Given the recent sanctions and additional scrutiny of activities originating from Russian companies, it is likely that many of these cybercriminals have been forced to constantly refine and adapt their techniques. and therefore have to climb out of this trough again. A good example of this is the use of GooglePay and other financial technologies being banned for use across Russia; This resulted in many scams becoming obsolete almost overnight.
Falling yields after the Ukraine war:
A user in the same thread also shared some unique insights related to the ongoing Russia-Ukraine war, which, while bringing with it a level of violence not seen in Europe for many decades, also created significant financial turmoil on the all over the world. Energy prices and global supply chains have been particularly impacted by the ongoing conflict in Eastern Europe.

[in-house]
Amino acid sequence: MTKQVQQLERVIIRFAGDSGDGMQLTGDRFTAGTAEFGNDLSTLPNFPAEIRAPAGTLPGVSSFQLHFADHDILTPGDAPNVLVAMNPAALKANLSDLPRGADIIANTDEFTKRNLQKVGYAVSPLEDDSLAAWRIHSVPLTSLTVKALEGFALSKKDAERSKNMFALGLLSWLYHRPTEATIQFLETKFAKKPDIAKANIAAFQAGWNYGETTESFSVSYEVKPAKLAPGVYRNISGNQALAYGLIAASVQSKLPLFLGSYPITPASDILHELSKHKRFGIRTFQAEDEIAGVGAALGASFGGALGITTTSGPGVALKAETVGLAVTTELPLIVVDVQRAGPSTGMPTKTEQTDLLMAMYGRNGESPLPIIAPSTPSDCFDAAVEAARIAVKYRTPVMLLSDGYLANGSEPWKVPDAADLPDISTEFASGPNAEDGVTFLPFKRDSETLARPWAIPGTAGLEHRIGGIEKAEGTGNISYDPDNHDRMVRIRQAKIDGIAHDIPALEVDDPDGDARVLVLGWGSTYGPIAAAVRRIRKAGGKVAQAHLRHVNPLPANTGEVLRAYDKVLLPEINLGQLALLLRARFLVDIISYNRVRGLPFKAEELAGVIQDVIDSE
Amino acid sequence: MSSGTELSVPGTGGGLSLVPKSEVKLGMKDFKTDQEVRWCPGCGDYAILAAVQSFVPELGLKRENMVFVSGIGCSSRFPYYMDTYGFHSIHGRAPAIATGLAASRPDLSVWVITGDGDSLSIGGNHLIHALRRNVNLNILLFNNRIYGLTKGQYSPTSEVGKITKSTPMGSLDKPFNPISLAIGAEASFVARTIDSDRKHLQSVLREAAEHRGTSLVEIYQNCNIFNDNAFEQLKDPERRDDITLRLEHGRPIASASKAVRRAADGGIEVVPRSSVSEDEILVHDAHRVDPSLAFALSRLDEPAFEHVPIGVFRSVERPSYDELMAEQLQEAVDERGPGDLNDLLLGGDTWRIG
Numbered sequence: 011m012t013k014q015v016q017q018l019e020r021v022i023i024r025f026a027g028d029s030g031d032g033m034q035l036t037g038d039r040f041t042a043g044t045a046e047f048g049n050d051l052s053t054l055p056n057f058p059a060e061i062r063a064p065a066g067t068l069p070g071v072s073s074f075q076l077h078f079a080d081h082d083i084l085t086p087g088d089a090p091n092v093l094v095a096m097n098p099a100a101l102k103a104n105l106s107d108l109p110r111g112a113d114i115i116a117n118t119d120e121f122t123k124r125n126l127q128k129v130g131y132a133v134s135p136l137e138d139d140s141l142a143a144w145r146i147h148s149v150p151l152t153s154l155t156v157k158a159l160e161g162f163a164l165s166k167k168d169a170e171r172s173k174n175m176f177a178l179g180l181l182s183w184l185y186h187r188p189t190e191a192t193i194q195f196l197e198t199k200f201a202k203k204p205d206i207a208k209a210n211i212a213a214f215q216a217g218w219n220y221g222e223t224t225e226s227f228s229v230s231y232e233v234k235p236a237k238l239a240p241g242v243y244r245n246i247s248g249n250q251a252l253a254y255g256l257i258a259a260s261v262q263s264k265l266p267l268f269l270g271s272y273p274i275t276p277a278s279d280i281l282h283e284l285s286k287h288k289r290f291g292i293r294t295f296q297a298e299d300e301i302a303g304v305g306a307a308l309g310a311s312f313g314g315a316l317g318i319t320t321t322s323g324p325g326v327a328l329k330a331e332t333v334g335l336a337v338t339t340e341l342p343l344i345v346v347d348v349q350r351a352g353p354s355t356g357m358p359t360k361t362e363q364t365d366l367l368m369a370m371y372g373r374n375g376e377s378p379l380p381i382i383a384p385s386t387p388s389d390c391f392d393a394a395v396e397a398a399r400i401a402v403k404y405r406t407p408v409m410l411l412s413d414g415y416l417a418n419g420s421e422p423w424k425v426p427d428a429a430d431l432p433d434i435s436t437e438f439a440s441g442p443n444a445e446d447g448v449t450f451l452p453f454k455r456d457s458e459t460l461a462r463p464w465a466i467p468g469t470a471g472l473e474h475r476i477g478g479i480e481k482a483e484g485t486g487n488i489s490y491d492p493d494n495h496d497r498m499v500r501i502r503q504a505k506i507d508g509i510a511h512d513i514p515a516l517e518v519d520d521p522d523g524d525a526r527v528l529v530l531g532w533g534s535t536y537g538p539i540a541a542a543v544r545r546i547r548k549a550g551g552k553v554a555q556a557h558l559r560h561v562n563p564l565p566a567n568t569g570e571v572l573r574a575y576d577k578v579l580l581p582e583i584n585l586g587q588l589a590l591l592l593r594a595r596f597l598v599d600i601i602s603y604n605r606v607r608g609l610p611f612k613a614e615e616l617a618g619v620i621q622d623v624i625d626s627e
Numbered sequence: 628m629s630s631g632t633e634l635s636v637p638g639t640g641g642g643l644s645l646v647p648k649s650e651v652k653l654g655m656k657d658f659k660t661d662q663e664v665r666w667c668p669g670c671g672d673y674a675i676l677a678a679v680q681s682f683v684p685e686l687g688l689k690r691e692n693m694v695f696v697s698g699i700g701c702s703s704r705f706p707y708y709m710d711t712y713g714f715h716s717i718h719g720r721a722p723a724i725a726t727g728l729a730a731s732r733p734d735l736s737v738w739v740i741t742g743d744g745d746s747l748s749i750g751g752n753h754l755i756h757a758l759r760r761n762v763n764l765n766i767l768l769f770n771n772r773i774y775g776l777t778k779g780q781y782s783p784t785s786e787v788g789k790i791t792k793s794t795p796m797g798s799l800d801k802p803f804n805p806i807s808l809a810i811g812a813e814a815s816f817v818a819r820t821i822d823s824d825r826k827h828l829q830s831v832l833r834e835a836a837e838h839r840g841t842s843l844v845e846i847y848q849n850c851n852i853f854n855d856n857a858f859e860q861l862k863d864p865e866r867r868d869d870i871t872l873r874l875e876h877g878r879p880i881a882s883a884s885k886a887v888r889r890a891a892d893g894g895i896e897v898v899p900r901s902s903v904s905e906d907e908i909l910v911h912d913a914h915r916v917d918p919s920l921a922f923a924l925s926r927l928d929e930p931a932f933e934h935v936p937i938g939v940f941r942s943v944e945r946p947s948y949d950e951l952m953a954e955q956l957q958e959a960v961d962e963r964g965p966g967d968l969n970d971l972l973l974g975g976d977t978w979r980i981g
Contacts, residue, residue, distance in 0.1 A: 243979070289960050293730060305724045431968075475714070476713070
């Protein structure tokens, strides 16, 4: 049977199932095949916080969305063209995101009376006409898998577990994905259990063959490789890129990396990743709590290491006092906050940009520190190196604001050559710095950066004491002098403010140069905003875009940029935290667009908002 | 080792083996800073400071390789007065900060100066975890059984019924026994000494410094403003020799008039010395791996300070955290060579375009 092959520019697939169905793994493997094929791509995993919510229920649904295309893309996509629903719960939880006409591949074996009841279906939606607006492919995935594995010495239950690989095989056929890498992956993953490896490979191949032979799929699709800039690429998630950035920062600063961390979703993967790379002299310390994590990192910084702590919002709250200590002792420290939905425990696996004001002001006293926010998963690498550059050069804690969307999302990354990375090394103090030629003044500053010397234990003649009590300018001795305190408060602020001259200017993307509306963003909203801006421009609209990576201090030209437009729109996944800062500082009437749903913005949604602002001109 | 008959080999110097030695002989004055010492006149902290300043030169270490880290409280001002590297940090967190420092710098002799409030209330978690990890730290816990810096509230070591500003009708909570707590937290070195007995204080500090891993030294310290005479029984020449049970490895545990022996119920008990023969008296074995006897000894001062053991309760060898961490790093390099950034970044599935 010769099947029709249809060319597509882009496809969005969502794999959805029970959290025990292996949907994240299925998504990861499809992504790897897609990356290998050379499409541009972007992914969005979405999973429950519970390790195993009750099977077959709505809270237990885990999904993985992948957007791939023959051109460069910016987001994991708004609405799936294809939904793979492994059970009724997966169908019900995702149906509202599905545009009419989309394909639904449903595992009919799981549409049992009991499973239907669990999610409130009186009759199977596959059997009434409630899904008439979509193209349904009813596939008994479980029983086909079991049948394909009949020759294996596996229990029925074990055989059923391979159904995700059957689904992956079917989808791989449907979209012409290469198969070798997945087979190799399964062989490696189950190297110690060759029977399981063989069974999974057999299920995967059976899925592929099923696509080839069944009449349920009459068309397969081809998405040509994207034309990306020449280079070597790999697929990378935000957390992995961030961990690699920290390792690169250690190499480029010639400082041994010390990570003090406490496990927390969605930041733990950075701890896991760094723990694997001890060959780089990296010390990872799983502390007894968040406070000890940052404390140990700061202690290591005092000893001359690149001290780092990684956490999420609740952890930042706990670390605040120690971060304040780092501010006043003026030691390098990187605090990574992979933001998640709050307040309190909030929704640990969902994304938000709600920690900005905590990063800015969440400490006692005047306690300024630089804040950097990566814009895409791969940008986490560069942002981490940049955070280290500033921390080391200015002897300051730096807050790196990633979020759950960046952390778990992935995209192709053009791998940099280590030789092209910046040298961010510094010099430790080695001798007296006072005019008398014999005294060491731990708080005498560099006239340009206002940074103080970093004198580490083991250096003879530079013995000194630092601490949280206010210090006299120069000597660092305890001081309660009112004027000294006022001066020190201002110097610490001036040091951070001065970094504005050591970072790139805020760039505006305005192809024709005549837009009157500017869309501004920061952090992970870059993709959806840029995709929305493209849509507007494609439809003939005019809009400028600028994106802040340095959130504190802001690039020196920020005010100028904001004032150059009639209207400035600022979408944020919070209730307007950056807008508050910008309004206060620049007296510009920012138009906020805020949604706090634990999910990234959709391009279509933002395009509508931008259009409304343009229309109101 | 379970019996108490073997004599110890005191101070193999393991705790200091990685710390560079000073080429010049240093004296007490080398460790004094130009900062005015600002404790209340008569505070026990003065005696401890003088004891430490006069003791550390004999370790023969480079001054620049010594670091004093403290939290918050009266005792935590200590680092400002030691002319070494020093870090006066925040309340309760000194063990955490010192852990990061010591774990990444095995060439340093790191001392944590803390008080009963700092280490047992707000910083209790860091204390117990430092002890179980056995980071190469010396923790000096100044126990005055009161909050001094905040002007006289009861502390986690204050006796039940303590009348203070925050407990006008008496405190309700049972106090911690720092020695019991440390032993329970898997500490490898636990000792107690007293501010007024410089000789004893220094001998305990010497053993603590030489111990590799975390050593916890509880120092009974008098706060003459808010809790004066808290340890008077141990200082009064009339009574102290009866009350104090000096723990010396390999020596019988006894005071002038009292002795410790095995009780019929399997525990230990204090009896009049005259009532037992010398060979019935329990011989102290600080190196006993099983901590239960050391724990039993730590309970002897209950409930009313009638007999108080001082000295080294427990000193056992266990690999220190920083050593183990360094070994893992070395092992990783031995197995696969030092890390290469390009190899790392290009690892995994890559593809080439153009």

Cyber criminals are also feeling the pinch during these troubling times. In the same thread mentioned above, a user replied that he “earned as much as he wanted” before the conflict, who subsequently lost his “shadow” earnings; Of course, shadow earnings are likely related to the cyber criminals’ work, which may be carried out alongside a regular job. This lack of current earnings was echoed by other users who claimed that nothing they had tried had worked and they were “tired of living in poverty”.
For those lucky enough to find shadow work, the prices they could fetch had reportedly dropped. One user suggested that at some point – probably before the conflict – a user could typically charge $500 to provide initial access to a target network. Related to the conversation, the user seems to have implied that prices have dropped significantly since that time. We’ve written multiple times about the rise of Initial Access Brokers (IABs) and how this type of threat actor has greatly facilitated cybercrime, but it’s possible that the market has either become oversaturated with IABs and prices have dropped as a result.
Carding a dying art form: